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The Nasstar Guide to Unified Threat Management

16 August 2021      
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The Nasstar Guide to Unified Threat Management

Unified threat management, otherwise known as UTM, is a term that refers to one safety solution and generally to a single security device that offers various security functions at one point in the network.

A UTM device will generally include anti-virus, anti-spyware, anti-spam, firewalling, detecting, and preventing intrusion, content filtering, and leak protection. Some devices include remote routing, network address translation, and support for virtual private networks (VPN).

The solution's appeal is built on simplicity, so organisations that individual suppliers or equipment for each specific security duty may now be supported by one single IT team or segment and operated via a console, under a single supplier umbrella.

In this post, we will cover:

  1. What is unified threat management?
  2. What is a unified threat management device?
  3. What is the purpose of unified threat management?
  4. What are the benefits of unified threat management?
  5. What are the disadvantages of unified threat management?
  6. How secure is your business?

 

What is unified threat management?

UTM is generally viewed as the answer to all risks associated with networking.

There are many dangers online. The most prevalent being malware attacks that can target multiple Internet components.

To prevent such assaults, several firms employ additional software. It might be tough to maintain and frequently update multiple applications to prevent these consequences. It gets tougher when you need to keep track of all the information with new applications and suppliers.

Both UTM and next-generation firewalls (NGFWs) serve a similar objective, but several areas are distinct.

Initially, NGFWs were designed to cover network security holes left by conventional firewalls, including application intelligence, the IPS, and DoS defense. UTM means that the NGFW, firewall, and virtual private network (VPN) functions to execute on a single device, whereas NGFW is a network security platform that offers an intern and external network gateway.

Some key features of UTM include:

  • Anti-virus
  • Antimalware
  • Firewall
  • Intrusion prevention
  • Virtual private networking
  • Web filtering
  • Data loss prevention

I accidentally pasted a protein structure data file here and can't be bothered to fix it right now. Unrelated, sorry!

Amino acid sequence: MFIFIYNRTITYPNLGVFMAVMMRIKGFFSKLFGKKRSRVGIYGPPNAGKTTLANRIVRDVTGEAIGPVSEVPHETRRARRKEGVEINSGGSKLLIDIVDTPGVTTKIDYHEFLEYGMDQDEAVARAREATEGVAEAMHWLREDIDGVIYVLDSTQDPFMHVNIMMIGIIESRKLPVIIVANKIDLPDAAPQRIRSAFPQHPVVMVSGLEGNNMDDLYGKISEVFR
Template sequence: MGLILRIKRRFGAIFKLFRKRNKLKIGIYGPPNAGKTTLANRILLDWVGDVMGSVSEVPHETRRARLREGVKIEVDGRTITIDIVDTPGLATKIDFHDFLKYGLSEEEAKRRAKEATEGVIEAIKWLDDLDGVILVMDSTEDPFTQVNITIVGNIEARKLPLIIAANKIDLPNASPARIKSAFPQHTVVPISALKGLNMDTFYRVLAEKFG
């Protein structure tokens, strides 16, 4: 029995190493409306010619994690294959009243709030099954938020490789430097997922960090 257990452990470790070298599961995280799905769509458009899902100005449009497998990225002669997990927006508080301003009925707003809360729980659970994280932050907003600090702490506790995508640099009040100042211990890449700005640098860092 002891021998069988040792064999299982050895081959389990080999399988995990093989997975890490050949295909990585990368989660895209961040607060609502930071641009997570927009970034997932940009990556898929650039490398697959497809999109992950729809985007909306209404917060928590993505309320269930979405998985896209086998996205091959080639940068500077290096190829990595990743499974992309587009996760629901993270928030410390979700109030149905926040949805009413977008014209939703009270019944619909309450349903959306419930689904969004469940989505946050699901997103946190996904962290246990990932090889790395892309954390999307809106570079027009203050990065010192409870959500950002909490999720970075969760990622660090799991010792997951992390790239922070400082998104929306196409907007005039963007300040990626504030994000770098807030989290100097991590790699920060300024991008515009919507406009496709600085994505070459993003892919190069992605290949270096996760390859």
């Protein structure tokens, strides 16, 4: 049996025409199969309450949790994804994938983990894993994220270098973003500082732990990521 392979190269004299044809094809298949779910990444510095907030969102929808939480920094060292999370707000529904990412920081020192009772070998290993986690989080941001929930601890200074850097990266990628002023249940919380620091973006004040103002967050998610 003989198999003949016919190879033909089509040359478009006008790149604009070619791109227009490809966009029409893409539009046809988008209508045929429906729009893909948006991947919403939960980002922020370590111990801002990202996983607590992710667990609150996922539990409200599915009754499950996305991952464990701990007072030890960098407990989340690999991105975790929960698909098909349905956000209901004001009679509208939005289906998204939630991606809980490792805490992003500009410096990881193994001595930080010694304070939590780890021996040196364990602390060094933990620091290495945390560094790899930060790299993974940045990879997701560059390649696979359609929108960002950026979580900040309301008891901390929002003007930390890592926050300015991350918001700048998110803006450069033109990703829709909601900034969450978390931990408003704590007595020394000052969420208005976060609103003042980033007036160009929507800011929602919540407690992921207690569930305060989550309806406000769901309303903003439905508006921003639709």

UTM features in firewalls

We commonly see UTM deployed in firewalls. Some of the features are:

  • Stateful firewall
  • Deep inspection intrusion prevention
  • Web & email antivirus
  • Web content filtering
  • Rogue device and wireless access point detection
  • Internal vulnerability scanning
  • Virtual private networking
  • Wi-Fi hotspot

What is the difference between firewalls and UTM?

The differences between firewalls and UTM can be subtle when looking in from the outside.

The table below outlines the key differences.

Firewalls
UTM
A firewall is used for blocking entire protocols and types of traffic, but it does not look into the actual content. UTM provides more protection like anti-spam, anti-virus, intrusion prevention systems, data loss prevention, WAF & advanced threat protection- including the firewall, all bundled on a single appliance.
Not all firewalls are UTM. All UTM are firewalls.
Firewall functionality acts like a packet filter at layers 3 & 4 (IP address and ports). UTM looks at layer 4, 5, 6, and 7 only.
Firewalls allow or deny traffic from IP-to-IP addresses on a specific port UTM can be configured to act as email security (email scanners), URL filtering (web proxy), wireless security, web application firewall, and VPNs.
Firewalls work on an applied set of rules. It matches all incoming and outgoing data packets with the ones in the database to figure out whether they are harmful or not. UTM is connected to the leading network and works to provide maximum security against all incoming malwares.

 

2 - What is a unified threat management device?

A UTM device is a physical device that connects to the network perimeter of your company. It provides you with all the services you need to safeguard your network against the virus, unwanted entry, and other safety hazards.

A unified threat management unit or UTM security device can give small and medium-sized companies a cost-effective, comprehensive, and easily maintained security solution.

UTM equipment offers an alternate way to construct a safe solution from several components, frequently from different suppliers. These solutions are separate from each other and might comprise a hardware firewall, anti-malware scanning, and a network intrusion detection and prevention system to satisfy specific security features a company demands.